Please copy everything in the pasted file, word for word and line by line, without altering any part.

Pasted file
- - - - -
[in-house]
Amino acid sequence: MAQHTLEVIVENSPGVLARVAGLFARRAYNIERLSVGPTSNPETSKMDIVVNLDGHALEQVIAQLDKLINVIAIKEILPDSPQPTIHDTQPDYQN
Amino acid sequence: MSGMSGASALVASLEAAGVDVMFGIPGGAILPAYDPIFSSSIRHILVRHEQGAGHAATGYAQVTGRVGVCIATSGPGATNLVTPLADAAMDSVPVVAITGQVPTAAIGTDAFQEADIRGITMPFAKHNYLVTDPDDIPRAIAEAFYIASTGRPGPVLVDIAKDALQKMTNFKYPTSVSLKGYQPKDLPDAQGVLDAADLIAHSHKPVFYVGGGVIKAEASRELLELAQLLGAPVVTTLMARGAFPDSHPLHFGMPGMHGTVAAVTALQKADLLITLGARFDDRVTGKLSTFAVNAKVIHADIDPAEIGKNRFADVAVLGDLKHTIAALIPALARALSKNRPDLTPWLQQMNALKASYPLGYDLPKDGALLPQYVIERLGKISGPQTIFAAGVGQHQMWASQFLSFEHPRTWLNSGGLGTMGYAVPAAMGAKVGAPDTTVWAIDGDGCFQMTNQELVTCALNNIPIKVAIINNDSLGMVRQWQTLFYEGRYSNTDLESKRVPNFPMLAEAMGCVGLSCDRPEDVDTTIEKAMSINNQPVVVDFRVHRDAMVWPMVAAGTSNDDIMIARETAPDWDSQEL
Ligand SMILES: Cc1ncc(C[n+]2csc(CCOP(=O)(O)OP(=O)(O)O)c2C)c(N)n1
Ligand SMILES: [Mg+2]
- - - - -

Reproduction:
[in-house]
Amino acid sequence: MAQHTLEVIVENSPGVLARVAGLFARRAYNIERLSVGPTSNPETSKMDIVVNLDGHALEQVIAQLDKLINVIAIKEILPDSPQPTIHDTQPDYQN
Amino acid sequence: MSGMSGASALVASLEAAGVDVMFGIPGGAILPAYDPIFSSSIRHILVRHEQGAGHAATGYAQVTGRVGVCIATSGPGATNLVTPLADAAMDSVPVVAITGQVPTAAIGTDAFQEADIRGITMPFAKHNYLVTDPDDIPRAIAEAFYIASTGRPGPVLVDIAKDALQKMTNFKYPTSVSLKGYQPKDLPDAQGVLDAADLIAHSHKPVFYVGGGVIKAEASRELLELAQLLGAPVVTTLMARGAFPDSHPLHFGMPGMHGTVAAVTALQKADLLITLGARFDDRVTGKLSTFAVNAKVIHADIDPAEIGKNRFADVAVLGDLKHTIAALIPALARALSKNRPDLTPWLQQMNALKASYPLGYDLPKDGALLPQYVIERLGKISGPQTIFAAGVGQHQMWASQFLSFEHPRTWLNSGGLGTMGYAVPAAMGAKVGAPDTTVWAIDGDGCFQMTNQELVTCALNNIPIKVAIINNDSLGMVRQWQTLFYEGRYSNTDLESKRVPNFPMLAEAMGCVGLSCDRPEDVDTTIEKAMSINNQPVVVDFRVHRDAMVWPMVAAGTSNDDIMIARETAPDWDSQEL
Ligand SMILES: Cc1ncc(C[n+]2csc(CCOP(=O)(O)OP(=O)(O)O)c2C)c(N)n1
Ligand SMILES: [Mg+2]